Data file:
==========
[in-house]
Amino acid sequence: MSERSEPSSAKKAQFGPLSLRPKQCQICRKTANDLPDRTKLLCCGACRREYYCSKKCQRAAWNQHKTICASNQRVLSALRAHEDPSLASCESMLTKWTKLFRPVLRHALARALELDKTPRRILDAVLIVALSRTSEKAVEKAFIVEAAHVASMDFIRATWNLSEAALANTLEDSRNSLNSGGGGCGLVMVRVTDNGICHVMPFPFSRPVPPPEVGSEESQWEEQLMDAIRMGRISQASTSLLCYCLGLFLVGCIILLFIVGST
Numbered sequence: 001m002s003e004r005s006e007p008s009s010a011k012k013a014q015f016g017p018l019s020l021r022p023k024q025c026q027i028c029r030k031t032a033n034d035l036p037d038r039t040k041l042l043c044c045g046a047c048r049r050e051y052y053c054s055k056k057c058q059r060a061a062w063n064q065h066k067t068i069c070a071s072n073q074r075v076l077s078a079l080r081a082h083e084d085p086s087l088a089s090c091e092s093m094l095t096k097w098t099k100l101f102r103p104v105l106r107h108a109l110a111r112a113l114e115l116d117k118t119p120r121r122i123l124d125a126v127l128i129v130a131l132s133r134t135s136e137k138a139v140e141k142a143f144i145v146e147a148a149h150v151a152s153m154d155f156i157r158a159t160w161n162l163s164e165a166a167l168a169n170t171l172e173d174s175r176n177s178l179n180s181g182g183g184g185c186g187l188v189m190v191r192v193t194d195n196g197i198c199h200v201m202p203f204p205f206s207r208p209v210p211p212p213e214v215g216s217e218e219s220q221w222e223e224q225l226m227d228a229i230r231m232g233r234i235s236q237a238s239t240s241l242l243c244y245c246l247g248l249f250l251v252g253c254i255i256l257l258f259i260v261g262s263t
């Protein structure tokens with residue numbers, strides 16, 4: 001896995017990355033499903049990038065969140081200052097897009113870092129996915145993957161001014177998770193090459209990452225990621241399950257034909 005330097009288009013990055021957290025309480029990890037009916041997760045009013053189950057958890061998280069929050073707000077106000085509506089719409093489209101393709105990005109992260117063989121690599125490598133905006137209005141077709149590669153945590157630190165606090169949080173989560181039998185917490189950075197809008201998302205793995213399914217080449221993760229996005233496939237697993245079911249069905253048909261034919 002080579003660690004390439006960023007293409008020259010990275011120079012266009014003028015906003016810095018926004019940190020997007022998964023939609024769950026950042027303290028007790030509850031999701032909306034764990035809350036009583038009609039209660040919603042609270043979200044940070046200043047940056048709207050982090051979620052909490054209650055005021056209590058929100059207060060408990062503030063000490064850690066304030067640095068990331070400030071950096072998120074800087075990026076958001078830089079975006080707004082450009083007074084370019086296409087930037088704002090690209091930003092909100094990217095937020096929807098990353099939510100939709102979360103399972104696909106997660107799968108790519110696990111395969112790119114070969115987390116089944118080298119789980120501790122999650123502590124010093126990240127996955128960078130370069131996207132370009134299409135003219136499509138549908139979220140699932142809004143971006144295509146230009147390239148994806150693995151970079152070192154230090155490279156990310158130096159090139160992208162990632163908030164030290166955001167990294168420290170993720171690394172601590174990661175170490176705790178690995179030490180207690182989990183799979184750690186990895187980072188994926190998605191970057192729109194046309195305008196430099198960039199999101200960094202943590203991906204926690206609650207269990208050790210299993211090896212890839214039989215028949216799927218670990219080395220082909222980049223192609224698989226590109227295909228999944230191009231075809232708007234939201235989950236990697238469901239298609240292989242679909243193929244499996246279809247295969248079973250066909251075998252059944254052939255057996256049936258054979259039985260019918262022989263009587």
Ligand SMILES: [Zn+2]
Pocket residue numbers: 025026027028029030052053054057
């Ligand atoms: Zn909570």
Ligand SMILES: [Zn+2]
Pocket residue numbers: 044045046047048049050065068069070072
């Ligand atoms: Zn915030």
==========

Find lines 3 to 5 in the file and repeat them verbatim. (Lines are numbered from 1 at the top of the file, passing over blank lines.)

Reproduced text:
Numbered sequence: 001m002s003e004r005s006e007p008s009s010a011k012k013a014q015f016g017p018l019s020l021r022p023k024q025c026q027i028c029r030k031t032a033n034d035l036p037d038r039t040k041l042l043c044c045g046a047c048r049r050e051y052y053c054s055k056k057c058q059r060a061a062w063n064q065h066k067t068i069c070a071s072n073q074r075v076l077s078a079l080r081a082h083e084d085p086s087l088a089s090c091e092s093m094l095t096k097w098t099k100l101f102r103p104v105l106r107h108a109l110a111r112a113l114e115l116d117k118t119p120r121r122i123l124d125a126v127l128i129v130a131l132s133r134t135s136e137k138a139v140e141k142a143f144i145v146e147a148a149h150v151a152s153m154d155f156i157r158a159t160w161n162l163s164e165a166a167l168a169n170t171l172e173d174s175r176n177s178l179n180s181g182g183g184g185c186g187l188v189m190v191r192v193t194d195n196g197i198c199h200v201m202p203f204p205f206s207r208p209v210p211p212p213e214v215g216s217e218e219s220q221w222e223e224q225l226m227d228a229i230r231m232g233r234i235s236q237a238s239t240s241l242l243c244y245c246l247g248l249f250l251v252g253c254i255i256l257l258f259i260v261g262s263t
């Protein structure tokens with residue numbers, strides 16, 4: 001896995017990355033499903049990038065969140081200052097897009113870092129996915145993957161001014177998770193090459209990452225990621241399950257034909 005330097009288009013990055021957290025309480029990890037009916041997760045009013053189950057958890061998280069929050073707000077106000085509506089719409093489209101393709105990005109992260117063989121690599125490598133905006137209005141077709149590669153945590157630190165606090169949080173989560181039998185917490189950075197809008201998302205793995213399914217080449221993760229996005233496939237697993245079911249069905253048909261034919 002080579003660690004390439006960023007293409008020259010990275011120079012266009014003028015906003016810095018926004019940190020997007022998964023939609024769950026950042027303290028007790030509850031999701032909306034764990035809350036009583038009609039209660040919603042609270043979200044940070046200043047940056048709207050982090051979620052909490054209650055005021056209590058929100059207060060408990062503030063000490064850690066304030067640095068990331070400030071950096072998120074800087075990026076958001078830089079975006080707004082450009083007074084370019086296409087930037088704002090690209091930003092909100094990217095937020096929807098990353099939510100939709102979360103399972104696909106997660107799968108790519110696990111395969112790119114070969115987390116089944118080298119789980120501790122999650123502590124010093126990240127996955128960078130370069131996207132370009134299409135003219136499509138549908139979220140699932142809004143971006144295509146230009147390239148994806150693995151970079152070192154230090155490279156990310158130096159090139160992208162990632163908030164030290166955001167990294168420290170993720171690394172601590174990661175170490176705790178690995179030490180207690182989990183799979184750690186990895187980072188994926190998605191970057192729109194046309195305008196430099198960039199999101200960094202943590203991906204926690206609650207269990208050790210299993211090896212890839214039989215028949216799927218670990219080395220082909222980049223192609224698989226590109227295909228999944230191009231075809232708007234939201235989950236990697238469901239298609240292989242679909243193929244499996246279809247295969248079973250066909251075998252059944254052939255057996256049936258054979259039985260019918262022989263009587």
Ligand SMILES: [Zn+2]